Technology has been an integral part of agriculture since at least 5,000 years ago, documented through the use of ploughs in ancient Sumeria. Today, drone and GPS farming is old news.
Still, some in the industry are unsure of the latest development to disrupt agriculture. From Chinese pork to Mexican mangoes, blockchain technology is already fostering direct marketing, improving traceability for compliance, reducing waste, and increasing profit margins.
Lest you think this is some fringe movement, or premature technology with no practical application, food industry giants such as Walmart, Nestlé, Dole, and Unilever are actively developing blockchain technology applications with IBM. The result? Walmart’s VP of food safety, Frank Yiannis, stated the company was “encouraged” by the potential for reducing the timeline of investigations into food-borne illness from weeks to seconds.
By selling through the blockchain, farmers living in all types of economies, from developing to post-industrial, have the opportunity to increase their sales and profit margins, while enhancing food safety. If blockchain technology can help farmers and food producers from the developing world, as well as multi-national mega-corporations, why not streamline and accelerate the distribution of your products?
What is the blockchain, and how are these applications disrupting agriculture?
In a nutshell, blockchain technology is creating new economic opportunities through decentralization, while enhancing security. To better understand the blockchain, and its potential impact on the agricultural industry, I sat down with Edwin Luk (Twitter: @EdwinLuk8175), a partner at Sysconverge and advisor to the Blockchain Advisory Council.
Like its predecessor, the Internet, blockchain technology increases everyone’s ability to directly connect with one another. For example, Edwin highlighted the FoodCoin Ecosystem and its thriving 1000EcoFarms platform, which allow small farms to market directly to consumers. Unlike the Internet, blockchain technology does not allow for participants to hide in obscurity, but actually brings greater transparency to each transaction.
Blockchain technology fosters direct connections to your customers
While the technology backing blockchain is so cutting edge that there is currently a shortage of adequately trained developers, understanding it from a user’s point of view is a lot simpler. Your transactions filed through the blockchain (a series of “smart contracts”) are passed along to individuals with the computer power to process them. As a farmer, you suddenly have access to a vast expanse of computing power, giving you the ability to compete with large financial and commercial organizations.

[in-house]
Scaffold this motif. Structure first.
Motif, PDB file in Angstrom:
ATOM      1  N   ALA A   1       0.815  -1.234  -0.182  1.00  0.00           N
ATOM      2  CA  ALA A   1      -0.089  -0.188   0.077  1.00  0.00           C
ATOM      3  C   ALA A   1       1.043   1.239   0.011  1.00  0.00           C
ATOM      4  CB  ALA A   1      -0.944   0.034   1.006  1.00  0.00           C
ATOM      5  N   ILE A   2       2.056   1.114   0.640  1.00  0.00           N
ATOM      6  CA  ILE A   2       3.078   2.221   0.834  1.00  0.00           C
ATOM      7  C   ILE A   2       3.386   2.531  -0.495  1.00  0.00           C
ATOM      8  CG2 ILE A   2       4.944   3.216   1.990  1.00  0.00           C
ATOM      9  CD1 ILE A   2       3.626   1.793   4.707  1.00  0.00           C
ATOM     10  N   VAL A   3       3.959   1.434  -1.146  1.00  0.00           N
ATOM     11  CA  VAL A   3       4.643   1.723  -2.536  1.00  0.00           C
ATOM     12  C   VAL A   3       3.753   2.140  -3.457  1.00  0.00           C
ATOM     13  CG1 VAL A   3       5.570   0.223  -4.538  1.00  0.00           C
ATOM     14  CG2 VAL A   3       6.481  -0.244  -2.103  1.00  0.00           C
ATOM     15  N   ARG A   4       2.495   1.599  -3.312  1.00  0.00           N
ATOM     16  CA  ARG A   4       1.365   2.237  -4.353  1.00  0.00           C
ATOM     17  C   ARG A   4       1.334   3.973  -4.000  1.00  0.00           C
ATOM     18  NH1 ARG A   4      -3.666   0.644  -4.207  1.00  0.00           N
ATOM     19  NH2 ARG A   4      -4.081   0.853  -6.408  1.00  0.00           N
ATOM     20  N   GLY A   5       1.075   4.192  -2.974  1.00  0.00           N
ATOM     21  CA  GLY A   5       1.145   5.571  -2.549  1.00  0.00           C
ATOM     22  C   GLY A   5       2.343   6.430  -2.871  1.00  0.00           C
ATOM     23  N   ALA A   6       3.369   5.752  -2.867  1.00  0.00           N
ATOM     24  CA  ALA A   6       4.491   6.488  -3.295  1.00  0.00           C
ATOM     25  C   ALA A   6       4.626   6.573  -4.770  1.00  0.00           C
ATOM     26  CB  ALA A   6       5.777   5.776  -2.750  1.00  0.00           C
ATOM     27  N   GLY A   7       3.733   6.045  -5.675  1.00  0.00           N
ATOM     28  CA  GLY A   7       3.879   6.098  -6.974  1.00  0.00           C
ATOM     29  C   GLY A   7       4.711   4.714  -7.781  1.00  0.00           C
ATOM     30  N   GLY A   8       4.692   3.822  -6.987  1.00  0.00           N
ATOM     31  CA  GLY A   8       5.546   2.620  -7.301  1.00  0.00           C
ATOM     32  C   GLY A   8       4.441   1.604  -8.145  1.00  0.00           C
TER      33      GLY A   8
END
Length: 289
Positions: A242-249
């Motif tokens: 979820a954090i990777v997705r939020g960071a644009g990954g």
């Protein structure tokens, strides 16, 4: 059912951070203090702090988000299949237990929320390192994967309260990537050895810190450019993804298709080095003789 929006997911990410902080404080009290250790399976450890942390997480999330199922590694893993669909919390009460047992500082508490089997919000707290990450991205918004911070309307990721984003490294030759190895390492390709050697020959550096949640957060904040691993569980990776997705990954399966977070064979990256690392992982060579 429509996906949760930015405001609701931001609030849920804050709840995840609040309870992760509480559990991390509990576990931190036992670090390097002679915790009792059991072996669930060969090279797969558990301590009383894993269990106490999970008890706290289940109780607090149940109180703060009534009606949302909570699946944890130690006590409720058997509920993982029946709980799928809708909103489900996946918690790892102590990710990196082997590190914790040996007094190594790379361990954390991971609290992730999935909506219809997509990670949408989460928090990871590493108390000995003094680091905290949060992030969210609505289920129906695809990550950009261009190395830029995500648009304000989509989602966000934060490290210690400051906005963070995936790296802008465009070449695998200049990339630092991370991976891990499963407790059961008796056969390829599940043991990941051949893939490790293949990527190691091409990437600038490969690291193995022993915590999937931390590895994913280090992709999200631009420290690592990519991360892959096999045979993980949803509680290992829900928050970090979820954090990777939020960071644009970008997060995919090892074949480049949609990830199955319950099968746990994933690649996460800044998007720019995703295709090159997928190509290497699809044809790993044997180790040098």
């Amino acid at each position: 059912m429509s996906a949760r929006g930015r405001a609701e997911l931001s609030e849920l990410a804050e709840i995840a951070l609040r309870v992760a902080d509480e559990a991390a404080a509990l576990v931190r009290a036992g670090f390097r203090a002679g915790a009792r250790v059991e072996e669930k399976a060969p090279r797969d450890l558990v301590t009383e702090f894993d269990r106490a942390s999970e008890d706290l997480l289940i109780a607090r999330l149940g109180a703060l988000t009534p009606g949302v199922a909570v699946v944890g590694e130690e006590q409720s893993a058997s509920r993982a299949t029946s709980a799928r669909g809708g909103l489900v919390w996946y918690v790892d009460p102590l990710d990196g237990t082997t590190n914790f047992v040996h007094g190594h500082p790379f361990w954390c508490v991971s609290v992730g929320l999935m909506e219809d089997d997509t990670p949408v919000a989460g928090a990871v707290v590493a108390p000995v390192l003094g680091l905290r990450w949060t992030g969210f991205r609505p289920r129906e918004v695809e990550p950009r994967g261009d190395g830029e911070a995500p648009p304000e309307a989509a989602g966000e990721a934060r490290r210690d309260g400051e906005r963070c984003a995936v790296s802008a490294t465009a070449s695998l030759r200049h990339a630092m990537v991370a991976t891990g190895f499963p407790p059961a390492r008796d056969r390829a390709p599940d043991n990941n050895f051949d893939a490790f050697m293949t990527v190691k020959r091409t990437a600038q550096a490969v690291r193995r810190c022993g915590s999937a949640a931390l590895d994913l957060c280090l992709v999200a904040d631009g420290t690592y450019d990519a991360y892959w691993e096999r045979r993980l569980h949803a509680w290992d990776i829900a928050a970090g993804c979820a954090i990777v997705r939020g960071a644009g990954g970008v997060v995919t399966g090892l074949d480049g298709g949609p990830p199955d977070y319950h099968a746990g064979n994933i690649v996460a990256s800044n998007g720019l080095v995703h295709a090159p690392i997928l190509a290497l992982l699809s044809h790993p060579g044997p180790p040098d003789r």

That means farmers have more ability than ever before to create and strengthen direct connections to their consumers. With that comes greater earning potential.
In an era of increasing concern over privacy, some might hesitate to pass theirs and their customers’ data on to the blockchain. That’s understandable, but rest assured that the blockchain creates verifiable tickets for every transaction.
This transparency brings a second benefit to the industry. Food safety compliance is made easier for farmers, with the supply chain more traceable than the paper and pen, and local area network systems currently in use today. That enhanced safety compliance means increased protection for end-consumers.
Nonces are not nonsense
In addition to increasing producers’ ability to direct market, blockchain technology enhances transparency and food safety.
No one’s advocating for a return to the Luddite movement, but there is an understandable pushback to disruption from one sector. One group that stands to lose a lot is distributors and other traditional supply-chain middlemen. Moving forward, distributors will need to offer alternative services to offset the losses to their current revenues.
Their loss is your (and your customers’) gain
As the supplier, you’ll have more direct access to your customers. Cutting out numerous middlemen will result in greater financial compensation for you, as well as your customers (should you care to share the wealth).
While customers of large corporations like Walmart most likely won’t experience any trickle-down savings due to higher profit margins, they aren’t going to lose out entirely, either. Remember the added benefit that comes from large retail chains adopting blockchain technology — they will be better equipped to ensure food products are safe, and accurately labeled.
Let’s take a look at specific blockchain projects emerging in the food sector today.
21st Century Farmers Increase Revenues with Smart(er) Contracts
Up until now, as Edwin explained, globalization has allowed massive corporations to leverage their economies of scale and “push the small and medium-scale producers and processors” out of local markets, both in the US and abroad.
Family farmers across America know well just how small the community has grown in the past century. The resulting pressure from major food and agricultural corporations on small and medium-scale producers has led to a decrease from roughly 6 million family farms in 1935 to only 2 million surviving by 2012.
The technological revolution brought forth by the Internet is being amplified by blockchain technology, and slowly starting to turn the tide. One application is the FoodCoin Ecosystem (FCE), a global marketplace for food and agricultural products.